In the end, the negative elements hamper what could have been solid gameplay, the endgame of the fifth act the preceding part, which otherwise proves solid until then. The “all or nothing” system of battle also makes the game more inaccessible to casual players seeking to avert a frustrating experience, in contrast to tactical titles such as the Shining Force games more generous in this regard. I couldn’t imagine how much of a nightmare the game would have been to play with permanent death enabled, and overall the gameplay is a step down from Echoes’ more forgiving precursors.

Control doesn’t fare any better, although there are some bright spots such as a general linear structure and general difficulty of getting lost. However, the dungeons don’t mesh well with the gameplay, and the last of act five in particular can be borderline impossible to clear without referencing the internet. While dungeons do have maps, additionally, the player can’t open them up to view them fully, not even with the touchscreen. As seems to be the case with many Japanese RPGs, moreover, the game only allows players to view playtime within the save screen, and after saving, the interface exits, forcing them to bring it back up to see how much time they’ve logged. In the end, interaction is the weakest area.

The storyline also falters significantly, lending the impression that its writers watched a little too much Star Wars, given the focus on an “evil empire,” a rebel group hilariously named “the Deliverance,” and twists filched straight from the fabled science-fiction franchise. Some of the backstory, however, is actually somewhat passable, the main ending details the fates of living characters, and there is postgame narrative content, although upon noticing the derivative disposition of the plotline, I rolled my eyes and lost interest a few hours in.

The translation is largely adequate, aside from the terrible names such as Alm, Celica, Boey, the aforementioned Deliverance, and so forth, not to mention a mixture of faux old-world speak and contemporary expressions. One major bright spot is that contrary to Nintendo’s general family-friendly disposition, there’s more profanity than average.

Much of the music is actually pretty good, if unmemorable, but the English voice acting is simply terrible, with unconvincing grunts, moans, and other irritating onomatopoeia that plagues the dialogue.

The graphics are good, with okay use of the system’s three-dimensional capabilities, nice battle cutscenes, anime sequences, and superb art direction, although the battle scenes and dungeon graphics show pixilation and blurriness with regards to their texturing, and lips don’t move during story sequences that feature 3-D character models.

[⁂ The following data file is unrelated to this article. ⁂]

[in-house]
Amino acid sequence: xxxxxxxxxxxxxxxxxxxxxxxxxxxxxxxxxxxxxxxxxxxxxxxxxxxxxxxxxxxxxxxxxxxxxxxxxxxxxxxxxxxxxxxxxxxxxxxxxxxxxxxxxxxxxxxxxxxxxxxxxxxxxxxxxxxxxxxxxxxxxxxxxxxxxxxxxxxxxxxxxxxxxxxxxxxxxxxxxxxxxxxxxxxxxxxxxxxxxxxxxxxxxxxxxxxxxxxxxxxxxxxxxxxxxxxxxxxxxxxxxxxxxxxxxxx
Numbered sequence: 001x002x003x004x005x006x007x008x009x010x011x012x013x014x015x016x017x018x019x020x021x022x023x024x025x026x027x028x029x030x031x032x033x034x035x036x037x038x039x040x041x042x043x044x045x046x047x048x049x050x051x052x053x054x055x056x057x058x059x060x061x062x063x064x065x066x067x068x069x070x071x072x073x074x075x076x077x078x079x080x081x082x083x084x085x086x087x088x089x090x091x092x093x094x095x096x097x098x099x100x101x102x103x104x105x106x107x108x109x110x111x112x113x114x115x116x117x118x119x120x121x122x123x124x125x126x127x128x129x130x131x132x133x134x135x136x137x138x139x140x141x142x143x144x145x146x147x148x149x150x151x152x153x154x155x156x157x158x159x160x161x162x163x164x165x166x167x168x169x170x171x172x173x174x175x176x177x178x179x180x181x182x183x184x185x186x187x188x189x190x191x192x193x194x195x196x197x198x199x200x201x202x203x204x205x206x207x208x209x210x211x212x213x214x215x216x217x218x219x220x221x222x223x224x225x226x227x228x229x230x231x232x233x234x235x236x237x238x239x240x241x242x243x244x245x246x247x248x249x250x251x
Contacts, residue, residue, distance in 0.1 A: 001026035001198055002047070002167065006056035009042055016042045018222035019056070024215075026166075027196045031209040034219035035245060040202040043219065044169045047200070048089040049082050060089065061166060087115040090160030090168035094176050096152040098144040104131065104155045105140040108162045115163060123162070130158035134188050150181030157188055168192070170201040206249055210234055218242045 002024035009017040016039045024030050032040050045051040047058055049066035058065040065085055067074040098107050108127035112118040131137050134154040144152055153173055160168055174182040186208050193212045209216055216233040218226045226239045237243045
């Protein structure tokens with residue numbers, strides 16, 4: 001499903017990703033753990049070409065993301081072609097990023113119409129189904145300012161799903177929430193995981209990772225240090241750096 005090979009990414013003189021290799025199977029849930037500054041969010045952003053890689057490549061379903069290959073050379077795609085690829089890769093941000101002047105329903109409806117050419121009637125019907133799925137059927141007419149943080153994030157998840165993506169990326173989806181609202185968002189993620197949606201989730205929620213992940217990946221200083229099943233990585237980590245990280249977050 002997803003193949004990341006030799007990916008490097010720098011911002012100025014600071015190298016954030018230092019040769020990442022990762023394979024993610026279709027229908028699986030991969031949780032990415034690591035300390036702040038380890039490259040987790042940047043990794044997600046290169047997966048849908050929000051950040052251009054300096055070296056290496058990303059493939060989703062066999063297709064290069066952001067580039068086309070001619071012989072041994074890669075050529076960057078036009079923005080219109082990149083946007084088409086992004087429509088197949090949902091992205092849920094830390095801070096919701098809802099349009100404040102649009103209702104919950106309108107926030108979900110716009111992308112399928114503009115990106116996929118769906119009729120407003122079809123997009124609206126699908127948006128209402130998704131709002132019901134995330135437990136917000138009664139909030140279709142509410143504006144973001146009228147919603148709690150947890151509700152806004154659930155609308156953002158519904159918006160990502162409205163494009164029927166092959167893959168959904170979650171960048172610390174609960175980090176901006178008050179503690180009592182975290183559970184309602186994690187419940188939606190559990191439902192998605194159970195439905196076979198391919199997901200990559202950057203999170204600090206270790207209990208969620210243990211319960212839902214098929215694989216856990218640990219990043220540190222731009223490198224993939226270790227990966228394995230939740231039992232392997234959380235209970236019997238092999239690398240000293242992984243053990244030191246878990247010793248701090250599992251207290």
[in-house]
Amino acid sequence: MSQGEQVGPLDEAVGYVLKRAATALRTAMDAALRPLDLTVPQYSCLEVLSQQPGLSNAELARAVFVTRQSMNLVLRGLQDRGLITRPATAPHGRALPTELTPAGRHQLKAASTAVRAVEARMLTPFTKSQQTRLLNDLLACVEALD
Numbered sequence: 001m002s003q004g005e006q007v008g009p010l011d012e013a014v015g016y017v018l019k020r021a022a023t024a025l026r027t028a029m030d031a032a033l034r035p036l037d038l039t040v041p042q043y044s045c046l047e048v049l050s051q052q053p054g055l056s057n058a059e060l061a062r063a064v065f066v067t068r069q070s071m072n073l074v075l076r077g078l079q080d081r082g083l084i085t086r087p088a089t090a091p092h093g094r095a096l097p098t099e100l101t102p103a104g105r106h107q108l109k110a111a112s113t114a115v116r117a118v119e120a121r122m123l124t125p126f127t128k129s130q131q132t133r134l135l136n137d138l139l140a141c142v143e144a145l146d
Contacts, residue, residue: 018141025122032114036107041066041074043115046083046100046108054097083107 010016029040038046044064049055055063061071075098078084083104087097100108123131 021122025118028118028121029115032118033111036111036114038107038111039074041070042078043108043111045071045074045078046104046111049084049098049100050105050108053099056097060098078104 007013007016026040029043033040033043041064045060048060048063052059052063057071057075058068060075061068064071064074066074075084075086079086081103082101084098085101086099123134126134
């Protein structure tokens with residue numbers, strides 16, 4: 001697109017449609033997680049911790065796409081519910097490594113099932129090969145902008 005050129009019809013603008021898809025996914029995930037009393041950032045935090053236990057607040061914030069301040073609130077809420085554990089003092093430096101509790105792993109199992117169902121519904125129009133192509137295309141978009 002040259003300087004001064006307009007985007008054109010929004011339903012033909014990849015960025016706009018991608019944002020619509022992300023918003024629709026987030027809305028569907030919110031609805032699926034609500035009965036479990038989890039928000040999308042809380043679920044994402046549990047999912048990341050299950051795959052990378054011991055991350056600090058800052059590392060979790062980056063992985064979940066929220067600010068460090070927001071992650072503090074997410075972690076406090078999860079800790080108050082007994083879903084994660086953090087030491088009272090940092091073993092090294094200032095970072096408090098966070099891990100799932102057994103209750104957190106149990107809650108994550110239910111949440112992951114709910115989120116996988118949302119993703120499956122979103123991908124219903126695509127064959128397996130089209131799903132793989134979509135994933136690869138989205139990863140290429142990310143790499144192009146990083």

In conclusion, Fire Emblem Echoes is a step down from its precursors, particularly regarding the endgame and potential nightmarish experience on higher difficulties, alongside weak control. It does have some redeeming aspects such as its musical and visual presentation, but the voice acting really mars the aural element. Regardless, having really enjoyed Awakening and the three iterations of Fates, Shadows of Valentia ended up disappointing me, even when I did manage to beat the main storyline, and I would hesitate to recommend it to mainstream players.

This review is based on a playthrough purchased by the player on Normal and Casual modes.

The Good:
+Much of the music is good.
+The graphics, too.
+Some replayability.

The Bad:
-Endgame spoils the fun.
-Derivative plotline.
-Poor English voicework.

The Bottom Line:
A step down from the game’s more casual predecessors.

Score Breakdown:
Platform: Nintendo 3DS
Game Mechanics: 5.0/10
Controls: 2.5/10
Story: 5.0/10
Localization: 5.0/10
Music/Sound: 6.5/10
Graphics: 8.0/10
Lasting Appeal: 8.0/10
Difficulty: A little hard, even on lower difficulty settings.
Playing Time: 1-2 Days

Overall: 5.5/10

Friday, March 27, 2020

Star Trek: Picard

In gold letters, the words Star Trek are written above the word Picard, with the A in Picard replaced by the Starfleet symbol reflecting a bright light.

Follow-up to Nemesis, occurring two decades after that film, and focusing on the effects the death of Commander Data, and the destruction of Romulus, have on retired Admiral Jean-Luc Picard, who finds himself thrust back into service, with plenty of old and new faces from the Next Generation-era series and films. I was somewhat cautious given its alleged disposition as a psychological drama, but luckily it has plenty of action and is worth a watch.

Tuesday, March 24, 2020

Parasite Eve

Christmastime in Hell

The decision of developer Squaresoft to produce titles for the Sony PlayStation was a turning point in the history of games, in part providing the system’s significant rivalry to the dominant Nintendo. Sony’s use of compact discs instead of cartridges in part played a role in their rise in the videogame market, certainly appealing to companies like Square with the medium’s flexibility. In addition to several Final Fantasy titles for the PSX, Squaresoft branched out into other attempts in the RPG genre, including Parasite Eve, a follow-up to the Japanese novel of the same name by Hideaki Sena.

The game opens with the protagonist, Aya Brea, a New York City police officer, attending an opera with her blind date, when the lead actress, Melissa, takes especial notice of Aya and incinerates the entire audience, although Aya survives. She pursues the supernatural Melissa through the depths of the theater, finding she’s evolved into a being that calls herself Eve, and Aya spends six days trying to protect Manhattan from the chaos she causes. The story is generally well-told, with good pacing for the game’s length, although the main ending is rather esoteric, and the translation, while coherent, overuses ellipses and capitalized words.